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United States District Court, Northern District of Illinois

February 11, 1974


The opinion of the court was delivered by: Bauer, District Judge.


This cause comes on an application for the fixing of counsel fees and for reimbursement of out-of-pocket costs.

This application is submitted on behalf of all counsel for the class representatives in the above-captioned consolidated actions. The Settlement Agreement which this Court approved on June 4, 1973, after a full hearing and appropriate notice to the members of the class, specifically provided that applicants were to receive from defendant exchanges their counsel fees and reimbursement of out-of-pocket costs and expenses, all as determined by this Court.

The applicants contend that since the time for appeal from the order approving the settlement has expired and the order has become final, they are entitled to receive such counsel fees and reimbursement of costs and expenses. The applicants request that this Court fix their counsel fees and allow reimbursement of their out-of-pocket costs and expenses as follows:

  Counsel Fees ........................... $2,250,000.00
  Out-of-Pocket Costs
  and Expenses .............................. $14,486.25

The applicants and defendants have submitted memoranda and affidavits in support of their respective positions. On December 7, 1973 a hearing was held on this matter and pursuant to this Court's request at that hearing the applicants have filed more detailed affidavits and memoranda in support of their application. This Court has seriously examined the memoranda and affidavits submitted by the parties in support of their respective positions and carefully weighed the testimony and arguments made at the hearing on December 7, 1973.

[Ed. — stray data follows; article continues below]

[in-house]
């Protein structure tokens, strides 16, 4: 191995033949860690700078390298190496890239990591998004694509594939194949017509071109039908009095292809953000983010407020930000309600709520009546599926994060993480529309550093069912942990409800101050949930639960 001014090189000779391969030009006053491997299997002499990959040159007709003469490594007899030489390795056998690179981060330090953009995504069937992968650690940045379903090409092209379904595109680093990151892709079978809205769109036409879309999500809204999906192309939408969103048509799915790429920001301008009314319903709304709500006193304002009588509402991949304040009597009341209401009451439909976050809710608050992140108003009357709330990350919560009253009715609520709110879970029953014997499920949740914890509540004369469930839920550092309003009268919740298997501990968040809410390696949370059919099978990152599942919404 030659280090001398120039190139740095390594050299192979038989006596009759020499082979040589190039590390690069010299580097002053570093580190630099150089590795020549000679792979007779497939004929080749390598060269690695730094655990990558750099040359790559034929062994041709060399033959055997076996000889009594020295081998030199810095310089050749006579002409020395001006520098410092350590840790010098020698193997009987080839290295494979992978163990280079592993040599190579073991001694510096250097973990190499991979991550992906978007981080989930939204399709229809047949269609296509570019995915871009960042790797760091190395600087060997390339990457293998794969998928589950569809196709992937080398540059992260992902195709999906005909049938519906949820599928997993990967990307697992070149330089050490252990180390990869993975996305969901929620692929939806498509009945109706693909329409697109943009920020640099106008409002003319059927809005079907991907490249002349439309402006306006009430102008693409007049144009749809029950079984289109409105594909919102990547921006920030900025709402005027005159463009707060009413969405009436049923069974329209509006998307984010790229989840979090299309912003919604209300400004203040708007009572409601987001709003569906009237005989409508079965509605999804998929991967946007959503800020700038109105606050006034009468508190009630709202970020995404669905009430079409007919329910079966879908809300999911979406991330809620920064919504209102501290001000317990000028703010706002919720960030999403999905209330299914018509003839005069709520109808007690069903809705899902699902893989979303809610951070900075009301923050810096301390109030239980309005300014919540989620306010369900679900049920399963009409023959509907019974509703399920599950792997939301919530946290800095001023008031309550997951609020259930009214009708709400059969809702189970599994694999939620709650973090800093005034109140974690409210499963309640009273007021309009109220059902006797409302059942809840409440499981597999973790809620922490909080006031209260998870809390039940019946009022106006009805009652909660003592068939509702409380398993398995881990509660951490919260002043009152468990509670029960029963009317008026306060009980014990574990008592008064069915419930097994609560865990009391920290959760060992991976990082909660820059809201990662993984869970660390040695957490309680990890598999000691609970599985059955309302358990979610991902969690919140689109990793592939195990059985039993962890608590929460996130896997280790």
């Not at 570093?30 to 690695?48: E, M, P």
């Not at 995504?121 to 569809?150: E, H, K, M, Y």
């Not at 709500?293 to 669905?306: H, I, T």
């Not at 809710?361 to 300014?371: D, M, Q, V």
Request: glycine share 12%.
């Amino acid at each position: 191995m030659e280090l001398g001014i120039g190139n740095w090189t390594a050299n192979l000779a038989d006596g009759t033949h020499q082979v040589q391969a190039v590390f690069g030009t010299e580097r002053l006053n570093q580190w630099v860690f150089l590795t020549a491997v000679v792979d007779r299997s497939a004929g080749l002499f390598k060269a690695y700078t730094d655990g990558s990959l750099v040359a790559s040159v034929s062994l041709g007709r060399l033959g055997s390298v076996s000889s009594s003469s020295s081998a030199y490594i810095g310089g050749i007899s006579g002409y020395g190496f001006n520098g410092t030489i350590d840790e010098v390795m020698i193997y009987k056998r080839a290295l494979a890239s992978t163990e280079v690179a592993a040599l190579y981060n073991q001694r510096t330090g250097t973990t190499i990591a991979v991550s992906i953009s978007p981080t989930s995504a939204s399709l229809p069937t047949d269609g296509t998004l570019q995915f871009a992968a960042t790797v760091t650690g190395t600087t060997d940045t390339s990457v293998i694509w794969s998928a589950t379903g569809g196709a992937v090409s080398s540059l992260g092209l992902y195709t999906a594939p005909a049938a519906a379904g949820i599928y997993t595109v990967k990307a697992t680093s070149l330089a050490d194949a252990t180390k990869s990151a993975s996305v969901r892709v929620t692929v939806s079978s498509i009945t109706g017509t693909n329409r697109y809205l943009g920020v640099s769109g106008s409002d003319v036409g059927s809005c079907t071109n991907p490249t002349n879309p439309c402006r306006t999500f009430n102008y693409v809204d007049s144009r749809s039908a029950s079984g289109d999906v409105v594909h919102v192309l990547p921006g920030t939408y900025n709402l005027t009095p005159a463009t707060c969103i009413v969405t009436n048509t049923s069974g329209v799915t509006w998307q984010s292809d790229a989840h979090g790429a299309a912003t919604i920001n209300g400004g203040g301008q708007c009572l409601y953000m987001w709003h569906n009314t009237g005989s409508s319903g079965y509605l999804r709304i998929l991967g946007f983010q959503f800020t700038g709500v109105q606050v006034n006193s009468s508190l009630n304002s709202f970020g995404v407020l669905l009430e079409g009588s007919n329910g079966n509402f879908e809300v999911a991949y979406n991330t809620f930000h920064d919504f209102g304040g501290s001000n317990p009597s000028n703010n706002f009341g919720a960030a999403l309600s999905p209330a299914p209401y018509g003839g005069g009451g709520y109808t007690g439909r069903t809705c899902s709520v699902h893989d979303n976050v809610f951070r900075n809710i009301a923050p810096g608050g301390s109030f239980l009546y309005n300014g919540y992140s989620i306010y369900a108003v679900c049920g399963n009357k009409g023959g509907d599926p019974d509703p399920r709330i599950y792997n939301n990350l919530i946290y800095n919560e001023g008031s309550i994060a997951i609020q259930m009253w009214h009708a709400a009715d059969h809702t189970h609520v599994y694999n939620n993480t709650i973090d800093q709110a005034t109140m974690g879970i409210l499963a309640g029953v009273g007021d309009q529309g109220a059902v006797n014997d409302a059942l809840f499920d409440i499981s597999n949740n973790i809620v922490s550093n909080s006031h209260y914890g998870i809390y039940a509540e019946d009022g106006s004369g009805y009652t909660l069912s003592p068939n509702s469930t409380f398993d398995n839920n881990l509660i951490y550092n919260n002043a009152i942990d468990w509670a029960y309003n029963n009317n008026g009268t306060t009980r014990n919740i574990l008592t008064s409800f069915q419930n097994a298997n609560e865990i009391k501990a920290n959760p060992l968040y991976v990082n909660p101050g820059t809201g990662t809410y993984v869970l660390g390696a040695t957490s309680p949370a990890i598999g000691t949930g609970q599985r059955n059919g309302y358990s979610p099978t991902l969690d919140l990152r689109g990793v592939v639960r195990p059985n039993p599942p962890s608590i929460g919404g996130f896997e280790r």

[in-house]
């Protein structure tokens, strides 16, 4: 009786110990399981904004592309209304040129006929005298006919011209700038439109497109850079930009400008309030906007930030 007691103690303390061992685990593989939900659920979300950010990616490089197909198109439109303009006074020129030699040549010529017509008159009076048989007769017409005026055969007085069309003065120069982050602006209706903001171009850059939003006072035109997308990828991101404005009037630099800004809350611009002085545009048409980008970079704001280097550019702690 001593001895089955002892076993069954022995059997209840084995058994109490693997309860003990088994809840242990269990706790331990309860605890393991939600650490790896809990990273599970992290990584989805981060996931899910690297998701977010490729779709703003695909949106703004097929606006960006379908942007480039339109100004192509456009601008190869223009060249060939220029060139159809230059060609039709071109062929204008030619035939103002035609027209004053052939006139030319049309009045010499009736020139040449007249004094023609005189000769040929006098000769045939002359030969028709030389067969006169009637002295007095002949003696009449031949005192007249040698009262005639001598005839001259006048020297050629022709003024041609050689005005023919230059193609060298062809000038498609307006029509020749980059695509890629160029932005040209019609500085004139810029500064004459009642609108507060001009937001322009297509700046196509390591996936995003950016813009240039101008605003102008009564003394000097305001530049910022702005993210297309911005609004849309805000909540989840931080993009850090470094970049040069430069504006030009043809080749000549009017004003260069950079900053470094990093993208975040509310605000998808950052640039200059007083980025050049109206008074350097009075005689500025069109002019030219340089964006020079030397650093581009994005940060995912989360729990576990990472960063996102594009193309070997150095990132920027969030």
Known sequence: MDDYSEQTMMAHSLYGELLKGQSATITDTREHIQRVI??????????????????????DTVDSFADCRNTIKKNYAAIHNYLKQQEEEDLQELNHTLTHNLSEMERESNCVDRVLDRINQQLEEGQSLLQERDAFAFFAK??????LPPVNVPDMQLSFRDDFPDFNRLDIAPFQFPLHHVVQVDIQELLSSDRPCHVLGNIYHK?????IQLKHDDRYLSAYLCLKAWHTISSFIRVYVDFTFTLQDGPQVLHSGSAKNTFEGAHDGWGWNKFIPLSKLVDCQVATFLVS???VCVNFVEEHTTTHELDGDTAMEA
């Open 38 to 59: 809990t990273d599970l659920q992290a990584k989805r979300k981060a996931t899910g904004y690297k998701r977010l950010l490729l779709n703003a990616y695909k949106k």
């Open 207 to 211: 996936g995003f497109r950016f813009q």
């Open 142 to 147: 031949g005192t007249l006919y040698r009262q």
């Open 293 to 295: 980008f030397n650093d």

It is within the exercise of this Court's informed discretion to decide upon the amount of reasonable attorneys' fees and out-of-pocket expenses. Tranberg v. Tranberg, 456 F.2d 173 (3rd Cir. 1972); Cappel v. Adams, 434 F.2d 1278 (5th Cir. 1970).

Various objective "checklists" have been devised as guidelines for determining a fair award of attorneys' fees. See Hanover Shoe, Inc. v. United Shoe Machine Corporation, 245 F. Supp. 258 (M.D.Pa. 1965), vacated on other grounds, 377 F.2d 776 (3rd Cir. 1967), affirmed in part on other grounds, 392 U.S. 481, 88 S.Ct. 2224, 20 L.Ed.2d 1231 (1968); Colson v. Hilton Hotels Corporation, 59 F.R.D. 324 (N.D.Ill. 1972); Trans World Airlines, Inc. v. Hughes et al., 312 F. Supp. 478 (S.D.N.Y. 1970); In re Osofsky, 50 F.2d 925 (S.D.N.Y. 1931). It is the opinion of this Court that the following factors are important to the proper determination of the amount of reasonable attorneys' fees:

I. The Magnitude and Complexity of the Litigation.

A. The number of parties to the action.

    B. The complexity of the issues contained in the

C. The social effect of litigation.

    D. Whether plaintiffs' or defendants' counsel had
       the benefit of a prior judgment or decree in a
       similar or identical case brought by the
       Government or a private party.

    E. The significance of the litigation and the
       responsibilities undertaken.

II. The Quality of the Services Provided.

    A. The eminence of the attorneys at the bar and in
       the specialty in which they are practicing.

    B. The value of the attorneys' work in the instant
       case as demonstrated by skill involved in
       drafting the pleadings and memoranda, and the
       quality of the arguments before the bench and
       the performance in the courtroom.

III. Time and Labor Spent.

    A. The time which has fairly and properly been used
       in dealing with the case.

IV. The Beneficial Result Achieved.

A. The amount in damages recovered, if any.

    B. Whether the result of the case is a real benefit